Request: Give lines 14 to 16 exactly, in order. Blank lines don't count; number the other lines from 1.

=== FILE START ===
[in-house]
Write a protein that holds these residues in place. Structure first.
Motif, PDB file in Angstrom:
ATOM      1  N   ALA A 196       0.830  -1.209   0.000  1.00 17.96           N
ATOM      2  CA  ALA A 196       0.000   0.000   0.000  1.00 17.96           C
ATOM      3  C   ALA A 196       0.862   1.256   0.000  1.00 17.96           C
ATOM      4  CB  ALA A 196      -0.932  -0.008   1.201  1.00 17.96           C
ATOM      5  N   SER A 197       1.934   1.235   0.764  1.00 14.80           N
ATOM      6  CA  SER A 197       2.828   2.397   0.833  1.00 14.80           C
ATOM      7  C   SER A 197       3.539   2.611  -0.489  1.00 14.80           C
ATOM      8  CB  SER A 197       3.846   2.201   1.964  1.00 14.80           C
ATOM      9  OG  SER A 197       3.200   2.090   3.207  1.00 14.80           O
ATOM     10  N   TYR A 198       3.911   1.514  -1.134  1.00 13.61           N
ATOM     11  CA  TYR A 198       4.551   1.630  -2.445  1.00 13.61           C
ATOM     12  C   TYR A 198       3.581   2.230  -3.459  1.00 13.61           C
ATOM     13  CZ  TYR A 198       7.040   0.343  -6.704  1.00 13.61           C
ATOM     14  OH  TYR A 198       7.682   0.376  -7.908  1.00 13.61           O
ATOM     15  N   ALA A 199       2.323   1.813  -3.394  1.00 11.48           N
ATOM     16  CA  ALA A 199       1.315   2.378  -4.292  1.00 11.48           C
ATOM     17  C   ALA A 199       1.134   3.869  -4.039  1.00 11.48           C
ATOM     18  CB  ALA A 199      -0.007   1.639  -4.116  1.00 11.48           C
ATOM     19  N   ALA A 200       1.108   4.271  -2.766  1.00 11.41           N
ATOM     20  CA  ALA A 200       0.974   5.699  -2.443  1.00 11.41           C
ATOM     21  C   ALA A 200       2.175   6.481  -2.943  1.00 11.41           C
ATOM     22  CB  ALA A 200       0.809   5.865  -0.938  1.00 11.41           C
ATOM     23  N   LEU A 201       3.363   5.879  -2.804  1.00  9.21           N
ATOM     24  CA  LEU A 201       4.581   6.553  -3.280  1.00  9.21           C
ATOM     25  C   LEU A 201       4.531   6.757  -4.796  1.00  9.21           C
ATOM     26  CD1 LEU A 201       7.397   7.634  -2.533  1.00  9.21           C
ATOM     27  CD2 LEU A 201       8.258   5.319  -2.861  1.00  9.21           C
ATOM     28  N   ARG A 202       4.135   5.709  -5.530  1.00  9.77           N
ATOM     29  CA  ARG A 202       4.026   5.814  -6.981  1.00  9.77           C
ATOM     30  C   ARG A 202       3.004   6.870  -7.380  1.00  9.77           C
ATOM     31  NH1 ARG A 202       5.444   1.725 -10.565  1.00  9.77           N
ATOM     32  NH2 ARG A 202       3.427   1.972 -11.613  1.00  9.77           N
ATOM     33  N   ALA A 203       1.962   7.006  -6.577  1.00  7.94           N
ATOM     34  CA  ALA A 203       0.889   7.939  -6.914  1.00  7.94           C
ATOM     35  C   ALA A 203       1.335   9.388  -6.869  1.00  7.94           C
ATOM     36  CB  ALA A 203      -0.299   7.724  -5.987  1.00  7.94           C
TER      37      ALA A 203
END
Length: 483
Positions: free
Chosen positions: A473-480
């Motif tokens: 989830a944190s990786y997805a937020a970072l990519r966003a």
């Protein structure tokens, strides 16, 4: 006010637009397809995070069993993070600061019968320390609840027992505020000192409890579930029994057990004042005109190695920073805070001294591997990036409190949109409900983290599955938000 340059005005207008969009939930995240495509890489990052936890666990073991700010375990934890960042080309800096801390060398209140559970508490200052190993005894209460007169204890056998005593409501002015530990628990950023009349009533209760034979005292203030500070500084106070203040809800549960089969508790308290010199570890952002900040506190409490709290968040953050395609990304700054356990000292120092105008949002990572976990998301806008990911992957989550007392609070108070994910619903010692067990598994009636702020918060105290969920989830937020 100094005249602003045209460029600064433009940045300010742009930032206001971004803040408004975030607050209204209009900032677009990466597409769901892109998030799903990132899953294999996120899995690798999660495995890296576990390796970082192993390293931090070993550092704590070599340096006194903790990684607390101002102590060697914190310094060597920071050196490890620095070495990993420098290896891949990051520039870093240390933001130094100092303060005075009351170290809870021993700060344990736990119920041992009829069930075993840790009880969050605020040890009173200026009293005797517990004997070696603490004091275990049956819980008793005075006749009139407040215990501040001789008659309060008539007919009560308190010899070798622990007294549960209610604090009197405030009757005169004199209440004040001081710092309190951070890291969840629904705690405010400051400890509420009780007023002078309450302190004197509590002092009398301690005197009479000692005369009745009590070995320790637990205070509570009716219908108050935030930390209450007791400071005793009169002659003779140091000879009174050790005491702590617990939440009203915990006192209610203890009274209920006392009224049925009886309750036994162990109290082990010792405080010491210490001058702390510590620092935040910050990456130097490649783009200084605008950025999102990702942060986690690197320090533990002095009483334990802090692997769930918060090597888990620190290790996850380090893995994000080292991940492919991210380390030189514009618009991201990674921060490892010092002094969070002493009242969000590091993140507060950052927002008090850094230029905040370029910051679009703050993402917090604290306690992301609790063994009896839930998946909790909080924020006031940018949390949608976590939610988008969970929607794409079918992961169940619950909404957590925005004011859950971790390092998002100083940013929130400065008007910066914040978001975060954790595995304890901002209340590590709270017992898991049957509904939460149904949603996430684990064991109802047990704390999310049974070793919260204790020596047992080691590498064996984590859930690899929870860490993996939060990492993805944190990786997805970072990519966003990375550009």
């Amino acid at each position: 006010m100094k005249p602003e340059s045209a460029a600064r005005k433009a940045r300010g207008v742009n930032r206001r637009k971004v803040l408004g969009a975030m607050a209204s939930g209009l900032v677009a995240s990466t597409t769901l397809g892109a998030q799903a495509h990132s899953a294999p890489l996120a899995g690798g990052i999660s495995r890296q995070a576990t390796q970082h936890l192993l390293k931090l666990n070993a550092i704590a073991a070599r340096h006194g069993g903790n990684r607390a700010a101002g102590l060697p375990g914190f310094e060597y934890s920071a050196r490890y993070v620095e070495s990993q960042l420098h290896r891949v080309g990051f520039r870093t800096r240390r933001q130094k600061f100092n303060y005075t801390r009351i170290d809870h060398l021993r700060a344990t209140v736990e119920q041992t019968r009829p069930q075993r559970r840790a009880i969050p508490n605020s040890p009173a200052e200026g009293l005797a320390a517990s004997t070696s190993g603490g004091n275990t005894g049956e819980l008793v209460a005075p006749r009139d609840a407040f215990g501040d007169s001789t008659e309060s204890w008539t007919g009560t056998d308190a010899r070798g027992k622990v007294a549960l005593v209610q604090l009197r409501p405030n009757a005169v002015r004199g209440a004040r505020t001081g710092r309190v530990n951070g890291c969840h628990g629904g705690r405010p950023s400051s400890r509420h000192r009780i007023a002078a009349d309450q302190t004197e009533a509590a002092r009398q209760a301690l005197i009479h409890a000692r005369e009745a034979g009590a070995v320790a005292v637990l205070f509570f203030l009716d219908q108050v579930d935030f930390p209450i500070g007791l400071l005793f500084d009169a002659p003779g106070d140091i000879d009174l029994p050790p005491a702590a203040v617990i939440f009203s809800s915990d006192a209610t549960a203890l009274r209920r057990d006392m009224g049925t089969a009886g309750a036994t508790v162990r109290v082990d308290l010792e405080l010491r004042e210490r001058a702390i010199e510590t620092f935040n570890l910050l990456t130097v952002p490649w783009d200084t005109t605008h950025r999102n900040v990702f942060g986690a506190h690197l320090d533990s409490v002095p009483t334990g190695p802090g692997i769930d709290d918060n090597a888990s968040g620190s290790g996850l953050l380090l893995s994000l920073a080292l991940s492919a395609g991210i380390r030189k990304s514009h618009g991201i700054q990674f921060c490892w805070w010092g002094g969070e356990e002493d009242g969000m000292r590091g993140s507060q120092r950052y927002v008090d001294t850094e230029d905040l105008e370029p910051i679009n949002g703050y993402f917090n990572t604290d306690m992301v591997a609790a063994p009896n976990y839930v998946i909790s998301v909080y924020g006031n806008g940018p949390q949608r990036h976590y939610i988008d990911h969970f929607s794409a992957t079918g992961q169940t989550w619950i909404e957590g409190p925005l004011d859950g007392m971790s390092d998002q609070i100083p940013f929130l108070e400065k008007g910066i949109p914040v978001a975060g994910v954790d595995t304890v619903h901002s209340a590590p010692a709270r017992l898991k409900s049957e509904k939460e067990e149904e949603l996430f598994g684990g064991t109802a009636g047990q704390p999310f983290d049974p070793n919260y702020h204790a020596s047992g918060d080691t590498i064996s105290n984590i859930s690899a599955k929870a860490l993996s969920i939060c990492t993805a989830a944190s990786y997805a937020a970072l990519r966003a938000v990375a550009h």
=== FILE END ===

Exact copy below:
ATOM     11  CA  TYR A 198       4.551   1.630  -2.445  1.00 13.61           C
ATOM     12  C   TYR A 198       3.581   2.230  -3.459  1.00 13.61           C
ATOM     13  CZ  TYR A 198       7.040   0.343  -6.704  1.00 13.61           C